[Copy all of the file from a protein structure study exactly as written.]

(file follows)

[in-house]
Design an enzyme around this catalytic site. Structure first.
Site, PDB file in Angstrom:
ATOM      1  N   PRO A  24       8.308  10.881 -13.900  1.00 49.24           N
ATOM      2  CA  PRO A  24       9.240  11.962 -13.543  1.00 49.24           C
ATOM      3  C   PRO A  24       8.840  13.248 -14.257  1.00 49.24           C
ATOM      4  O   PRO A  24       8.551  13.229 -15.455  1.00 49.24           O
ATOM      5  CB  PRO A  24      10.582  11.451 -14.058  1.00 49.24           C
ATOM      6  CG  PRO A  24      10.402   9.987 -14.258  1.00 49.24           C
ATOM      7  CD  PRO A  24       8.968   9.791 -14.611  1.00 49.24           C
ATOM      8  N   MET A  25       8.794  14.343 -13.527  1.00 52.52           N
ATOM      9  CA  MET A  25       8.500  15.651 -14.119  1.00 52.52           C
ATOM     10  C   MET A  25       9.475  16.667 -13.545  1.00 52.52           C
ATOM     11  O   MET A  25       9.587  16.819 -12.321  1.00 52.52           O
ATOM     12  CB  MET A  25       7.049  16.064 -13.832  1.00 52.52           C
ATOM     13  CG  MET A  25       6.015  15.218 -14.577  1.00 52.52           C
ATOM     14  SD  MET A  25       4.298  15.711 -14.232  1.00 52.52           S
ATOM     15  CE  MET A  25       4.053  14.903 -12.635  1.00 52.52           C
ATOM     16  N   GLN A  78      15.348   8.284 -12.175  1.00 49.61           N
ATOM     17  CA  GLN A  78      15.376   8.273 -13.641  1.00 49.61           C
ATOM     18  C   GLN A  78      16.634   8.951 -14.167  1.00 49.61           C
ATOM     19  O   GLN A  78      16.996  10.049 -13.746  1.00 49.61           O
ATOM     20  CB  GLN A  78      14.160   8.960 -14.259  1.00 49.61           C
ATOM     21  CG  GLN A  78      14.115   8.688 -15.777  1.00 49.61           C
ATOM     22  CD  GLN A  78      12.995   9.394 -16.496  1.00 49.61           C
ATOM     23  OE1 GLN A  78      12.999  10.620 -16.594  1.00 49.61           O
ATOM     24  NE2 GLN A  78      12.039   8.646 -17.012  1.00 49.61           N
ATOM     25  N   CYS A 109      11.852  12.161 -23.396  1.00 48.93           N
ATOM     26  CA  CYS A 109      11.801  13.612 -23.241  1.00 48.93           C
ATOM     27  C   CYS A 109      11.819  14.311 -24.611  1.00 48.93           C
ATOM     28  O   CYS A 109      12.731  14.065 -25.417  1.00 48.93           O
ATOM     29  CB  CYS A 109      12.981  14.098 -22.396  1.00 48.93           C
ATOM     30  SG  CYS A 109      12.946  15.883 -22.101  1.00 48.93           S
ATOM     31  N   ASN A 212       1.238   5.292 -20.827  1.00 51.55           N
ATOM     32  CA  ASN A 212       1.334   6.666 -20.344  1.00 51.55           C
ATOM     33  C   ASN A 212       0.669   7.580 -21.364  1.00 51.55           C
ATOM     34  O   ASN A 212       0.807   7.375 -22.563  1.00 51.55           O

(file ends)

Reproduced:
[in-house]
Design an enzyme around this catalytic site. Structure first.
Site, PDB file in Angstrom:
ATOM      1  N   PRO A  24       8.308  10.881 -13.900  1.00 49.24           N
ATOM      2  CA  PRO A  24       9.240  11.962 -13.543  1.00 49.24           C
ATOM      3  C   PRO A  24       8.840  13.248 -14.257  1.00 49.24           C
ATOM      4  O   PRO A  24       8.551  13.229 -15.455  1.00 49.24           O
ATOM      5  CB  PRO A  24      10.582  11.451 -14.058  1.00 49.24           C
ATOM      6  CG  PRO A  24      10.402   9.987 -14.258  1.00 49.24           C
ATOM      7  CD  PRO A  24       8.968   9.791 -14.611  1.00 49.24           C
ATOM      8  N   MET A  25       8.794  14.343 -13.527  1.00 52.52           N
ATOM      9  CA  MET A  25       8.500  15.651 -14.119  1.00 52.52           C
ATOM     10  C   MET A  25       9.475  16.667 -13.545  1.00 52.52           C
ATOM     11  O   MET A  25       9.587  16.819 -12.321  1.00 52.52           O
ATOM     12  CB  MET A  25       7.049  16.064 -13.832  1.00 52.52           C
ATOM     13  CG  MET A  25       6.015  15.218 -14.577  1.00 52.52           C
ATOM     14  SD  MET A  25       4.298  15.711 -14.232  1.00 52.52           S
ATOM     15  CE  MET A  25       4.053  14.903 -12.635  1.00 52.52           C
ATOM     16  N   GLN A  78      15.348   8.284 -12.175  1.00 49.61           N
ATOM     17  CA  GLN A  78      15.376   8.273 -13.641  1.00 49.61           C
ATOM     18  C   GLN A  78      16.634   8.951 -14.167  1.00 49.61           C
ATOM     19  O   GLN A  78      16.996  10.049 -13.746  1.00 49.61           O
ATOM     20  CB  GLN A  78      14.160   8.960 -14.259  1.00 49.61           C
ATOM     21  CG  GLN A  78      14.115   8.688 -15.777  1.00 49.61           C
ATOM     22  CD  GLN A  78      12.995   9.394 -16.496  1.00 49.61           C
ATOM     23  OE1 GLN A  78      12.999  10.620 -16.594  1.00 49.61           O
ATOM     24  NE2 GLN A  78      12.039   8.646 -17.012  1.00 49.61           N
ATOM     25  N   CYS A 109      11.852  12.161 -23.396  1.00 48.93           N
ATOM     26  CA  CYS A 109      11.801  13.612 -23.241  1.00 48.93           C
ATOM     27  C   CYS A 109      11.819  14.311 -24.611  1.00 48.93           C
ATOM     28  O   CYS A 109      12.731  14.065 -25.417  1.00 48.93           O
ATOM     29  CB  CYS A 109      12.981  14.098 -22.396  1.00 48.93           C
ATOM     30  SG  CYS A 109      12.946  15.883 -22.101  1.00 48.93           S
ATOM     31  N   ASN A 212       1.238   5.292 -20.827  1.00 51.55           N
ATOM     32  CA  ASN A 212       1.334   6.666 -20.344  1.00 51.55           C
ATOM     33  C   ASN A 212       0.669   7.580 -21.364  1.00 51.55           C
ATOM     34  O   ASN A 212       0.807   7.375 -22.563  1.00 51.55           O